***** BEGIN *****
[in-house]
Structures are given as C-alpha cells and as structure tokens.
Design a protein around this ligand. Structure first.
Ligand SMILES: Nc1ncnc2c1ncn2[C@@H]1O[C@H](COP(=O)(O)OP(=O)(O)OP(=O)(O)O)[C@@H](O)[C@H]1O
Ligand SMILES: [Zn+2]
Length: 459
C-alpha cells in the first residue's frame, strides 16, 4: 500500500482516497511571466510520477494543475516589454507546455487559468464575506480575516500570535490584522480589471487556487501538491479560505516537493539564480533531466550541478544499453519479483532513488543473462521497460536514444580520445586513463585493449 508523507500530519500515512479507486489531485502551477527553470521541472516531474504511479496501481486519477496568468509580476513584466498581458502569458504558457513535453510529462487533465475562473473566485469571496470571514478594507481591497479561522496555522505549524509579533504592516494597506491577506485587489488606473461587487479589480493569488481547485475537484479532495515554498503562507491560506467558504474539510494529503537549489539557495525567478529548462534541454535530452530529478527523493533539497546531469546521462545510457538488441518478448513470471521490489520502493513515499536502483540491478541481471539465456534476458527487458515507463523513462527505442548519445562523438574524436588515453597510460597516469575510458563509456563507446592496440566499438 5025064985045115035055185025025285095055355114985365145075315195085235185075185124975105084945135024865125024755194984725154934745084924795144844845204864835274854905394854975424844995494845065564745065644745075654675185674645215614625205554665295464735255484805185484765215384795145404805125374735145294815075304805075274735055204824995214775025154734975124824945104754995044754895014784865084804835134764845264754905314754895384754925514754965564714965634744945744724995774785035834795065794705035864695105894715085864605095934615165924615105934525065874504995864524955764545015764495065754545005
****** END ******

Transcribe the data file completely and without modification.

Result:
[in-house]
Structures are given as C-alpha cells and as structure tokens.
Design a protein around this ligand. Structure first.
Ligand SMILES: Nc1ncnc2c1ncn2[C@@H]1O[C@H](COP(=O)(O)OP(=O)(O)OP(=O)(O)O)[C@@H](O)[C@H]1O
Ligand SMILES: [Zn+2]
Length: 459
C-alpha cells in the first residue's frame, strides 16, 4: 500500500482516497511571466510520477494543475516589454507546455487559468464575506480575516500570535490584522480589471487556487501538491479560505516537493539564480533531466550541478544499453519479483532513488543473462521497460536514444580520445586513463585493449 508523507500530519500515512479507486489531485502551477527553470521541472516531474504511479496501481486519477496568468509580476513584466498581458502569458504558457513535453510529462487533465475562473473566485469571496470571514478594507481591497479561522496555522505549524509579533504592516494597506491577506485587489488606473461587487479589480493569488481547485475537484479532495515554498503562507491560506467558504474539510494529503537549489539557495525567478529548462534541454535530452530529478527523493533539497546531469546521462545510457538488441518478448513470471521490489520502493513515499536502483540491478541481471539465456534476458527487458515507463523513462527505442548519445562523438574524436588515453597510460597516469575510458563509456563507446592496440566499438 5025064985045115035055185025025285095055355114985365145075315195085235185075185124975105084945135024865125024755194984725154934745084924795144844845204864835274854905394854975424844995494845065564745065644745075654675185674645215614625205554665295464735255484805185484765215384795145404805125374735145294815075304805075274735055204824995214775025154734975124824945104754995044754895014784865084804835134764845264754905314754895384754925514754965564714965634744945744724995774785035834795065794705035864695105894715085864605095934615165924615105934525065874504995864524955764545015764495065754545005